Startup Roundup: Hortonworks and Project Tripod
Hortonworks is officially the first Hadoop company to file for an IPO. Hortonworks, the company that has based its name off of the popular Dr. Seuss charactiver from Horton Hears A Who, is the maker of Aphache Hadoop big data software. (For those of you who don’t know—and don’t worry, I didn’t know until this article either—Hadoop is an open-source software framework for distributed storage and distributed processing of Big Data on clusters of commodity hardware.)
Hortonworks sales are up $US10.9 million from the 2013 fiscal year. Its net loss, however, is up as well. The company helps developers and enterprises build solutions for big data by storing and analysing manageable chunks of data. Hortonworks is one of the leading companies in the field, and has raised close to $US250 million since it spun out from Yahoo in 2011. The industry itself is impressive as well. IDC is predicting the big data market will become a $US100 billion industry by 2020, with Hadoop making up half of the industry’s value.
Catherine Eibner believes her latest venture will change how people see the world. Project Tripod, the award-winning Australian tech startup, has invented a way to caption time-lapse photography without the need for a static hardware setup. The app allows users to compile a series of images of a particular subject over a period of time by combining specially designed 3D tilt technology with the positioning software built-in to your smartphone.
“Once you have sequential images, then you’re able to generate time lapse animations and multiple image blends that are only possible if the images are aligned perfectly,” Eibner said.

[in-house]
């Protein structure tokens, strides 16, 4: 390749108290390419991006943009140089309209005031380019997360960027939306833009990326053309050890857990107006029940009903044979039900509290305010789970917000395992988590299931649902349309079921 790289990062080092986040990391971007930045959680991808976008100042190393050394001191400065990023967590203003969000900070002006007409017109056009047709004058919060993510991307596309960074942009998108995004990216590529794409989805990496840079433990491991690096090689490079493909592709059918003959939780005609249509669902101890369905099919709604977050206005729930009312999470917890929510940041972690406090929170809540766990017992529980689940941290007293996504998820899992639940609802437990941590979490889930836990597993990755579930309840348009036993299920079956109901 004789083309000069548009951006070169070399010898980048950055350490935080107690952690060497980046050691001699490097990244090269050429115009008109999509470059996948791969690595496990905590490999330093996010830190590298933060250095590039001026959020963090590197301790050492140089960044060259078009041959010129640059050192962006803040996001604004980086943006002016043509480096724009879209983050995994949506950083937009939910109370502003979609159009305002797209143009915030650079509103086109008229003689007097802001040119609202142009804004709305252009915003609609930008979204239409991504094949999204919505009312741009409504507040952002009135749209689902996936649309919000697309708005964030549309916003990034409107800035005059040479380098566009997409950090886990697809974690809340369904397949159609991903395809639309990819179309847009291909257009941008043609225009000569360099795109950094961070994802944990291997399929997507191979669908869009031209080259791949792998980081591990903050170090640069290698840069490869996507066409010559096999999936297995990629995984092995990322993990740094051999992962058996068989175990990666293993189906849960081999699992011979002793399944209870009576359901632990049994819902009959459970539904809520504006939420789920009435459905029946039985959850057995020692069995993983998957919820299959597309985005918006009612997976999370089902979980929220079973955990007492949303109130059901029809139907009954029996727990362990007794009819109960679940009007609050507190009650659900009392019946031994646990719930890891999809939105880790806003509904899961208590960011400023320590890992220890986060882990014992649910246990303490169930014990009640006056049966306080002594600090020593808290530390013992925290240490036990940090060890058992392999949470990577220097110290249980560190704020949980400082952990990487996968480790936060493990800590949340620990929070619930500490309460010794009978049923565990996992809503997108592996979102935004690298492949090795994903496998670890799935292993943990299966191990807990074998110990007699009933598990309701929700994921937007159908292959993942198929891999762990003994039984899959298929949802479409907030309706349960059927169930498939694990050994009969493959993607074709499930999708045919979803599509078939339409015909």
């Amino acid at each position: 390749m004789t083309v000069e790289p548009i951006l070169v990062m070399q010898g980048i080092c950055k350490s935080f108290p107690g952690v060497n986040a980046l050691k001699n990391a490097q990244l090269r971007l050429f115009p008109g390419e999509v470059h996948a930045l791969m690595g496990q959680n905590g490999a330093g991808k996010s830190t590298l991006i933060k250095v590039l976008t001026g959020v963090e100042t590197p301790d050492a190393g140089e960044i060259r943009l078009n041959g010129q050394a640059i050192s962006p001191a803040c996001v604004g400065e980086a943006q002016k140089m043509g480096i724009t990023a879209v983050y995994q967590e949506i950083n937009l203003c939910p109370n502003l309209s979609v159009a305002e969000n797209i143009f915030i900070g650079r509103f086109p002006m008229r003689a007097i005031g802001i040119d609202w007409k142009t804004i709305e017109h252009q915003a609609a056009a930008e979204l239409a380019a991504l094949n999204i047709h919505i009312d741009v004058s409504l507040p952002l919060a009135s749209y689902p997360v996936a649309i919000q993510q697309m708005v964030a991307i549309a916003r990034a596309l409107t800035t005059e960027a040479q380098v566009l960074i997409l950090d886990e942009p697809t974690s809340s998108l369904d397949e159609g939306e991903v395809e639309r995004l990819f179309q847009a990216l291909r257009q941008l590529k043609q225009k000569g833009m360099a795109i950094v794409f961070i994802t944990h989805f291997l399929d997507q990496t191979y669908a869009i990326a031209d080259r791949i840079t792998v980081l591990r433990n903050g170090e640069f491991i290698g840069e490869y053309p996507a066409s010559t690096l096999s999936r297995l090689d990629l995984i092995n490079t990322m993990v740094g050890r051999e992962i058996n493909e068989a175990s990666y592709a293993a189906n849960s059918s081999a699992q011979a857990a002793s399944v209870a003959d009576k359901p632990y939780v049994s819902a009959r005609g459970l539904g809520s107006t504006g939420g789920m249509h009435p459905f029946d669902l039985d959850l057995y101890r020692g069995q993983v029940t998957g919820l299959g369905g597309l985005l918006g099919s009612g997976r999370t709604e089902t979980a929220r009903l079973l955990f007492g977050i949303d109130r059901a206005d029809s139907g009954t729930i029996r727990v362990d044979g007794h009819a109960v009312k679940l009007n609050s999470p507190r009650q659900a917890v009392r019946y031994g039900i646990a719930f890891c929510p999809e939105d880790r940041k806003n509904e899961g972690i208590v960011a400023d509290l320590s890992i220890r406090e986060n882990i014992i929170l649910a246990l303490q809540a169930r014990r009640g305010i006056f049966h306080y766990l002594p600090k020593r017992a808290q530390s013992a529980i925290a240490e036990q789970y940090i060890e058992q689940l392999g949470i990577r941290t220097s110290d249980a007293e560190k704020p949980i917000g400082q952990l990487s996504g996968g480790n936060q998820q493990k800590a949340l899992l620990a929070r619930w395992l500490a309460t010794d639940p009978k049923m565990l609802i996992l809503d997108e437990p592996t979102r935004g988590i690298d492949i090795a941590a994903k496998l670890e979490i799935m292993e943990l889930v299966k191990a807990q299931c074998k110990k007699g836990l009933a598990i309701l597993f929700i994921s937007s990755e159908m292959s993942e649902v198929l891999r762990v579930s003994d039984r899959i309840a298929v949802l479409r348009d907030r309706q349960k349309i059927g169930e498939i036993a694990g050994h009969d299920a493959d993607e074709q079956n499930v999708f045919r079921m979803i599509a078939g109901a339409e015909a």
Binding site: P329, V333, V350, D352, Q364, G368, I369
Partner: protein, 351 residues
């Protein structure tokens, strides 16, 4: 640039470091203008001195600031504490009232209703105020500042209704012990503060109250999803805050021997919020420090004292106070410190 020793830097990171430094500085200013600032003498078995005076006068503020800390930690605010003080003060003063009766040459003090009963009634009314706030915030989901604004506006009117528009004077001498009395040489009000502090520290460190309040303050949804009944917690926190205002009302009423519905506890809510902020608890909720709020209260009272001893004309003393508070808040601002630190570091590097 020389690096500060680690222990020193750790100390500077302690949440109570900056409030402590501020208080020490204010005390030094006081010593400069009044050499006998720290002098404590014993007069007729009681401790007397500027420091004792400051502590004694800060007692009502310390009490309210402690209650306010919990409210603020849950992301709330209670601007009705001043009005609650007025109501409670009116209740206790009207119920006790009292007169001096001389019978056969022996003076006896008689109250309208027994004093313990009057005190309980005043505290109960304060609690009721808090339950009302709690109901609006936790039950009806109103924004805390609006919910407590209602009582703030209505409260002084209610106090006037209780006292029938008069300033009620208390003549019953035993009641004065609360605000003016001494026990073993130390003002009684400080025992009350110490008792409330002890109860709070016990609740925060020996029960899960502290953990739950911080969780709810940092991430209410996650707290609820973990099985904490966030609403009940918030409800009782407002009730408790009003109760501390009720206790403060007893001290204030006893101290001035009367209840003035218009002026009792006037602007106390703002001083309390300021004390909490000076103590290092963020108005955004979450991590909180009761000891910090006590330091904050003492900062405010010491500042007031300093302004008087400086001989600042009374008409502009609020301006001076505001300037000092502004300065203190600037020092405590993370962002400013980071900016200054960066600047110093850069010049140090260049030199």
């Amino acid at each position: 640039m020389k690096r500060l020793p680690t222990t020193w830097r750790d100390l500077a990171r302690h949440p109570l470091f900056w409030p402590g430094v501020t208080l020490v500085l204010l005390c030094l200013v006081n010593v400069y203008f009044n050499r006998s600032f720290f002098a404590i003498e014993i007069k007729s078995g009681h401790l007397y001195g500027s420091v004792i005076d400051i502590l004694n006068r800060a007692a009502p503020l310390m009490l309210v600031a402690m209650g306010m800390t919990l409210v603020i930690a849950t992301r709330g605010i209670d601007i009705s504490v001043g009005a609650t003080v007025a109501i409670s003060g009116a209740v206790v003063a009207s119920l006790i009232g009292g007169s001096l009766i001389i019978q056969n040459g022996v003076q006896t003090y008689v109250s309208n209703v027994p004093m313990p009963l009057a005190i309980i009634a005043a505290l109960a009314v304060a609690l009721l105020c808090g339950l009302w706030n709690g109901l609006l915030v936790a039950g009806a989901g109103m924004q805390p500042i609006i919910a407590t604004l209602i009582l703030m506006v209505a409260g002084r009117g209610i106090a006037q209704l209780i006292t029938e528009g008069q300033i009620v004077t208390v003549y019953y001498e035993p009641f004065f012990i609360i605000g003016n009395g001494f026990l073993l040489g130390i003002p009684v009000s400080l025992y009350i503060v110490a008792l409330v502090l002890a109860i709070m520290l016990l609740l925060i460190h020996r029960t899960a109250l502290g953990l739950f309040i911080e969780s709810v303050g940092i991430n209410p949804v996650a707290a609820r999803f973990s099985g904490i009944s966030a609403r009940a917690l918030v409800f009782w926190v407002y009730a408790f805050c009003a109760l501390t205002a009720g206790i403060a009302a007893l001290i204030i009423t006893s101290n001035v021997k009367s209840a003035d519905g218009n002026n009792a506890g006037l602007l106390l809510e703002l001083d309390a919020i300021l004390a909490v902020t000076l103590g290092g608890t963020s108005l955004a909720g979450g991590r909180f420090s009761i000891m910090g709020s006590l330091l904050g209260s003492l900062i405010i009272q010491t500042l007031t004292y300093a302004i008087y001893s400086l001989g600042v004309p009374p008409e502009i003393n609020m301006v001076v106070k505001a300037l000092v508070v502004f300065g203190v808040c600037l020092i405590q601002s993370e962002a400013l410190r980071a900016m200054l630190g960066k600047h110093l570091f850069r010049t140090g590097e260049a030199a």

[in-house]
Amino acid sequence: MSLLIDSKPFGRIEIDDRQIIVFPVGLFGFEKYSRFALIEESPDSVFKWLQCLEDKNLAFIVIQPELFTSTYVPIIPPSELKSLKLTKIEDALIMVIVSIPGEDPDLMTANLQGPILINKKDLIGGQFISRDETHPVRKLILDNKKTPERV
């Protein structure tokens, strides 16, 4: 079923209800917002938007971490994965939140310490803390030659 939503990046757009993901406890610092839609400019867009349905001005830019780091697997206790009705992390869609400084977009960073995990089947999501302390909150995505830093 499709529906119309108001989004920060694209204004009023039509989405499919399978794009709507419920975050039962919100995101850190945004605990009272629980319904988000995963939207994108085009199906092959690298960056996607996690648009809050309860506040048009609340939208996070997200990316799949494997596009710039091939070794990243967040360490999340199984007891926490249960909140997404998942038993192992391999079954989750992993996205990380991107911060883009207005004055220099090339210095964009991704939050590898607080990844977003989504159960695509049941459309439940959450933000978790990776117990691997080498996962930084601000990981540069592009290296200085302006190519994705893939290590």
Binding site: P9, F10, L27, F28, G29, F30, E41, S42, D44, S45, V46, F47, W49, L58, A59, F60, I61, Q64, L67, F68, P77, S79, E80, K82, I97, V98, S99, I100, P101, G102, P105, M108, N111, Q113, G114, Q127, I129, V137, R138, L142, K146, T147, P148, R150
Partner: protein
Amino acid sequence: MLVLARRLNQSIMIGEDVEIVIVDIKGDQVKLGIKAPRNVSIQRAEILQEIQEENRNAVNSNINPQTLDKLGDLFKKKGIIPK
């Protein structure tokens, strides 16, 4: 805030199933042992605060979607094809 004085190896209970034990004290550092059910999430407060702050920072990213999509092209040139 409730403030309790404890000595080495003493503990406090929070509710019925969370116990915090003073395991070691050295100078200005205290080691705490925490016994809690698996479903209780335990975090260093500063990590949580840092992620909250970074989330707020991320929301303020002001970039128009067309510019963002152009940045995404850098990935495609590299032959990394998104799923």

In a move that doesn’t happen very often, the app was released only to Windows Phones. Since its launch, Project Tripod has been downloaded 50,000 times and has won numerous awards. The company is planning on launching a beta iOS version in the next few weeks and an Android release will follow shortly thereafter.
Eibner believes that app can be used in many different ways: before and after shots, continuity in film, ecological tracking, and especially in the construction industry.
“In researching the apps development, co-founder Jordan Knight unearthed some real challenges facing the construction industry, such as improving cost efficiencies, recording and sharing projects globally and reducing the burden of acquiring additional infrastructure,” Eibner said.
“The software affords the industry the opportunity to record the changing evolution of construction sites, provide comparison shots of projects or events, while making all of this content shareable and globally accessible online.”
Information sourced from Business Insider Australia.
- VCs, chips and Chinese tech – 2022’s best business booksLeadership & Strategy
- 6 not-to-miss events for supply chain & procurement leadersLeadership & Strategy
- Should ESG be rethought in today’s volatile world?Sustainability
- Timeline: Longest reigning CEOs in the S&P 500Leadership & Strategy